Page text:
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Beetlejuice Broadway
Flute Lesson
Funny Girl Revival
Audra McDonald
Six by Sondheim
Last Week Tonight

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David Dabbon
David Dabbon Photo  by Frances Hill.jpeg

David Dabbon is a composer/arranger based in New York City.  He earned an Emmy nomination for composing the music to the song “Eat Shit, Bob!” which aired on HBO’s award-winning Last Week Tonight with John Oliver.


On Broadway, he worked as the dance arranger for the Tony-nominated musical adaptation of Beetlejuice, the revival of Funny Girl,  and the celebrated musical comedy Disaster! He also provided additional orchestrations for the Broadway bio-musical Sondheim on Sondheim (Grammy nomination).  David is wrote original music and dance arrangements for the new production of Bob Fosse's Dancin'  (The Old Globe). ​

​He has an ongoing collaboration with six-time Tony Award winner Audra McDonald, regularly providing orchestrations for her concerts and albums. His work can be heard on both Audra McDonald New York Philharmonic: Sing Happy and Audra McDonald: Go Back Home. His orchestration of the song “Somewhere/Some Other Time” was performed at the 42nd annual Kennedy Center Honors.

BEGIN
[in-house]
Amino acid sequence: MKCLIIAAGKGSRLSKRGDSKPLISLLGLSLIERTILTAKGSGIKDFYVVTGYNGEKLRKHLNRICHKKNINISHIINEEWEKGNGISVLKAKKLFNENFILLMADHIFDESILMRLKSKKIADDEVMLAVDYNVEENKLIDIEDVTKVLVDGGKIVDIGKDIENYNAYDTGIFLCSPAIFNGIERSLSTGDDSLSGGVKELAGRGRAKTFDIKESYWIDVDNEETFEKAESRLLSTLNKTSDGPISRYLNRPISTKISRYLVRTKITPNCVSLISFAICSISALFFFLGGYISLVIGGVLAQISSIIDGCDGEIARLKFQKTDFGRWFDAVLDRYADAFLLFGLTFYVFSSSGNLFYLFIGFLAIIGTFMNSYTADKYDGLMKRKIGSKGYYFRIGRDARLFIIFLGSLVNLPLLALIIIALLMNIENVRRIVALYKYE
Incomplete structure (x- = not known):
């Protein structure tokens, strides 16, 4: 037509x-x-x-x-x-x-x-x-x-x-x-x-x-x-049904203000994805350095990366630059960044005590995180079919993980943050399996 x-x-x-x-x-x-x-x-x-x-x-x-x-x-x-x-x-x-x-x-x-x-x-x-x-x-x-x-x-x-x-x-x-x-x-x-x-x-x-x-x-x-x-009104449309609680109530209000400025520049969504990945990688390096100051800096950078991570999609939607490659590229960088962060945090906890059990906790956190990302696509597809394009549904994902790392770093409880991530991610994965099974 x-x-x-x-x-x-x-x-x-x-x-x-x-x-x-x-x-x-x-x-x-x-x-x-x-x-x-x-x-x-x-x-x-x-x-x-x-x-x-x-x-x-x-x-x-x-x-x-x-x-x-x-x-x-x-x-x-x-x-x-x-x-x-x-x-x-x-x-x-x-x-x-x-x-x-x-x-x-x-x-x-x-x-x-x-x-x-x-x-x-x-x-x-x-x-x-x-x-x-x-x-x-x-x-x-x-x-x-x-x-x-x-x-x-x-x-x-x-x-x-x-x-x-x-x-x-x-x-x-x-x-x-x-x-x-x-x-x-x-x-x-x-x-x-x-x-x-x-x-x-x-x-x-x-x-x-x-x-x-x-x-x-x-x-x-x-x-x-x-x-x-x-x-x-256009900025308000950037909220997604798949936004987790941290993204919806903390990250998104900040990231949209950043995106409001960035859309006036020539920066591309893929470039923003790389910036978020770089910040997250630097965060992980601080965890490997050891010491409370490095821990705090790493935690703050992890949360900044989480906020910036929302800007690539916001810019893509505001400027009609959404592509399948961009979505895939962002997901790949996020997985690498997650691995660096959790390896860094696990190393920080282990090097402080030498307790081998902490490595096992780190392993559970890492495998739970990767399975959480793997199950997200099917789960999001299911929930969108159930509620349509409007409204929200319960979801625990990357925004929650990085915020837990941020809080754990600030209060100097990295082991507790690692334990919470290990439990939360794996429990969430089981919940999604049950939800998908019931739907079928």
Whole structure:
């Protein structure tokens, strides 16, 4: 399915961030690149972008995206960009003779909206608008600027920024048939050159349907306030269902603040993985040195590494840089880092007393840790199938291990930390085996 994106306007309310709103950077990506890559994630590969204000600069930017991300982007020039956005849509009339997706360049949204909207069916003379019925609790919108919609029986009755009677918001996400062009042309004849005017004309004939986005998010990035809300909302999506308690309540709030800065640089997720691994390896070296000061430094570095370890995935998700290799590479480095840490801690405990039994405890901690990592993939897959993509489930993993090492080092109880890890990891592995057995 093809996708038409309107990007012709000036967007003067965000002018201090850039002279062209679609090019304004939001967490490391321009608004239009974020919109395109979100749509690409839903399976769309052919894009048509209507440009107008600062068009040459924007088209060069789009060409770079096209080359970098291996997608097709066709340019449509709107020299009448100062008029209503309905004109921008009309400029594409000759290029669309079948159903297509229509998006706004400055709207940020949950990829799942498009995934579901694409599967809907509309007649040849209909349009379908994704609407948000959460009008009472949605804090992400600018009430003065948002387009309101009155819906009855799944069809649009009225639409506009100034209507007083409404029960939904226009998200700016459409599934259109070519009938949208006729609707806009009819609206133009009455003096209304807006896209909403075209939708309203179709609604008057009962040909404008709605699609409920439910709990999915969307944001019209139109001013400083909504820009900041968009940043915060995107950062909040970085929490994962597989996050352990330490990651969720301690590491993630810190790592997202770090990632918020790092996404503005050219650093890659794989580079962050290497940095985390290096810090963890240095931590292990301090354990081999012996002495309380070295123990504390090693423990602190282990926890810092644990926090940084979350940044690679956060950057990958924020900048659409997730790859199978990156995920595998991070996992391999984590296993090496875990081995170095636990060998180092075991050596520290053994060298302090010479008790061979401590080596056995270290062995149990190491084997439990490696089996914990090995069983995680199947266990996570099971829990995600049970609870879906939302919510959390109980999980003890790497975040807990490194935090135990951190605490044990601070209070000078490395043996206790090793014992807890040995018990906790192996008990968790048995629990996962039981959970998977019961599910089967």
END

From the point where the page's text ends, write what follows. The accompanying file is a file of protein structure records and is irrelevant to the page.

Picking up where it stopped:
Other works as composer include: Game On: an interactive game show musical (premiered at Pittsburgh C.L.O), Our New Town (production at Wagner College and Northwestern University),  Golden Lotus (Workshop through Broadway Asia), Surface (Ballet Commission through Dallas Black Dance Theatre) The Mysteries (Marathon plays in 2014 at The Flea), All God's Creatures (feature length film), Dori the Donor (short film).

He provided arrangements and orchestrations for the HBO documentary Six by Sondheim.


David is also a Usual Suspect at New York Theatre Workshop, a member of the Television Academy, ASCAP and The Society of Composers and Lyricists.   He earned a master of music degree in choral conducting from Carnegie Mellon University (under the tutelage of Dr. Robert Page) and a self-defined bachelor of music degree from The Hartt School.

A note about my style of music:

Growing up as the child of first generation Egyptian Jews, my house was a symphony of sounds: the languages spoken were French and Arabic and the music represented those two worlds. The influence of these languages is evident in my compositions: from the rhythms of dance to the harmonic and tonal progressions, melding together to form a unique blend of musical identity.

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